The authors chose to use these different types of evidence to bolster their confidence in establishing cause-and-effect relationships among happiness, positive affect, and success. Cross-sectional studies compare different groups of people and answer questions like, "Are happy people more successful than unhappy people?" and "Does long-term happiness and short term positive affect co-occur with desirable behaviors?" Longitudinal studies examine groups of people over a period of time and address questions like, "Does happiness precede success?" and "Does positive affect pave the way for success-like behaviors?" Finally, experimental studies manipulate variables to test whether an outcome will occur under controlled conditions and answer questions like, "Does positive affect lead to success-oriented behaviors?"

The results of all three types of studies suggests that happiness does lead to behaviors that often produce further success in work, relationships and health, and these successes result in part from a person's positive affect. Furthermore, evidence from the cross-sectional studies confirm that a person's well-being is associated with positive perceptions of self and others, sociability, creativity, prosocial behavior, a strong immune system, and effective coping skills. The authors also note that happy people are capable of experiencing sadness and negative emotions in response to negative events, which is a healthy and appropriate response.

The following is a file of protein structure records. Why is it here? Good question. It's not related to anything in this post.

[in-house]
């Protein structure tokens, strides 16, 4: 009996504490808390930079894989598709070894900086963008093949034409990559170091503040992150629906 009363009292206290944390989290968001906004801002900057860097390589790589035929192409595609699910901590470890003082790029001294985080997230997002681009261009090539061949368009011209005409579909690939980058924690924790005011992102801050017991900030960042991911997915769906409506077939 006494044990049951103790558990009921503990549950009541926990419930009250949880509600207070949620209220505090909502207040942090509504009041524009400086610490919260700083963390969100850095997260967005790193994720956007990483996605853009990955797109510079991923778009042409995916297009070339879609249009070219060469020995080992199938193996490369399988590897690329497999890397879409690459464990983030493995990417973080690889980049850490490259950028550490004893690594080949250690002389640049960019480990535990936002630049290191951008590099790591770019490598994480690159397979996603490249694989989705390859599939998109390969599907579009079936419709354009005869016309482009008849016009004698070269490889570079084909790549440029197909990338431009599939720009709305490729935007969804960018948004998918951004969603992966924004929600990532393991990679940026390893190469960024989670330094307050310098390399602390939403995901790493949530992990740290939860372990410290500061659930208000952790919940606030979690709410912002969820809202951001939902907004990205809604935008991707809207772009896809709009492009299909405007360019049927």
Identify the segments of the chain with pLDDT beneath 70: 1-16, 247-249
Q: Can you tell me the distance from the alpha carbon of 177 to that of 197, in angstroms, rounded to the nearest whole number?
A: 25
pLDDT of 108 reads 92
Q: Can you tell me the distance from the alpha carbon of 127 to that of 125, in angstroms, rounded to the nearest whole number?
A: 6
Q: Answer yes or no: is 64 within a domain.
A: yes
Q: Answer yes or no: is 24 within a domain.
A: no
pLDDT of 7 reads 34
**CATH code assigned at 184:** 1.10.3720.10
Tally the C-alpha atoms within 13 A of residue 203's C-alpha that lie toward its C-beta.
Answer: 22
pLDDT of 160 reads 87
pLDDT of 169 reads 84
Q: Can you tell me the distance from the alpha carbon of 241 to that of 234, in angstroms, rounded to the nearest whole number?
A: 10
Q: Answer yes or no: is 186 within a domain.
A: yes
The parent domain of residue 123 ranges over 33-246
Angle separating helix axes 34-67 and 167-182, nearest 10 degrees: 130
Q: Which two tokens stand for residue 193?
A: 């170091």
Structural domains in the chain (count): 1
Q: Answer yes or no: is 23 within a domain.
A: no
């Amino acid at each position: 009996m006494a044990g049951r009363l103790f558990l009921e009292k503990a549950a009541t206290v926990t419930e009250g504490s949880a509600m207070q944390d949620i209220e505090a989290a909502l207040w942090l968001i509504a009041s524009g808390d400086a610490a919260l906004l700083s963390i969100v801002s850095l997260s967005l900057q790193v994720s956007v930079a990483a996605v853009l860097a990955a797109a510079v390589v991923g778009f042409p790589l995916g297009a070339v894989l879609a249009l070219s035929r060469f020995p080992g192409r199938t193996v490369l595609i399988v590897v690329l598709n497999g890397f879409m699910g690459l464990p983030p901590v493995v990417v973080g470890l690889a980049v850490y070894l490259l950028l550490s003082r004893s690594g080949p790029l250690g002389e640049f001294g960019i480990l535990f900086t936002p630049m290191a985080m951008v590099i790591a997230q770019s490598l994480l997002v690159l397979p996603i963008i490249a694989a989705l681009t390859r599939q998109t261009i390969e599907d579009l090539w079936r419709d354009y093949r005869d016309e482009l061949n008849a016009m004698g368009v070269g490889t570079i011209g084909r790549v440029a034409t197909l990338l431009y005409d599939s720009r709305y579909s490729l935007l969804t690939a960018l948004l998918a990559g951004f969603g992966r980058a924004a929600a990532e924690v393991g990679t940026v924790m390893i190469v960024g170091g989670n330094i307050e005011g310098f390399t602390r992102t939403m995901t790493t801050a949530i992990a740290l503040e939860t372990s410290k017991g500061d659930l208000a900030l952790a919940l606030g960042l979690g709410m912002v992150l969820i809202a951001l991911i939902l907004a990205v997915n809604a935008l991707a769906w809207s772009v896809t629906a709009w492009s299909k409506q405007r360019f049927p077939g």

Much of the previous research on happiness presupposed that happiness followed from success and accomplishments in life, said the authors. "We found that this isn't always true. Positive affect is one attribute among several that can lead to success-oriented behaviors. Other resources, such as intelligence, family, expertise and physical fitness, can also play a role in people's successes."

"Our review provides strong support that happiness, in many cases, leads to successful outcomes, rather than merely following from them," said Lyubomirsky, "and happy individuals are more likely than their less happy peers to have fulfilling marriages and relationships, high incomes, superior work performance, community involvement, robust health and even a long life."

###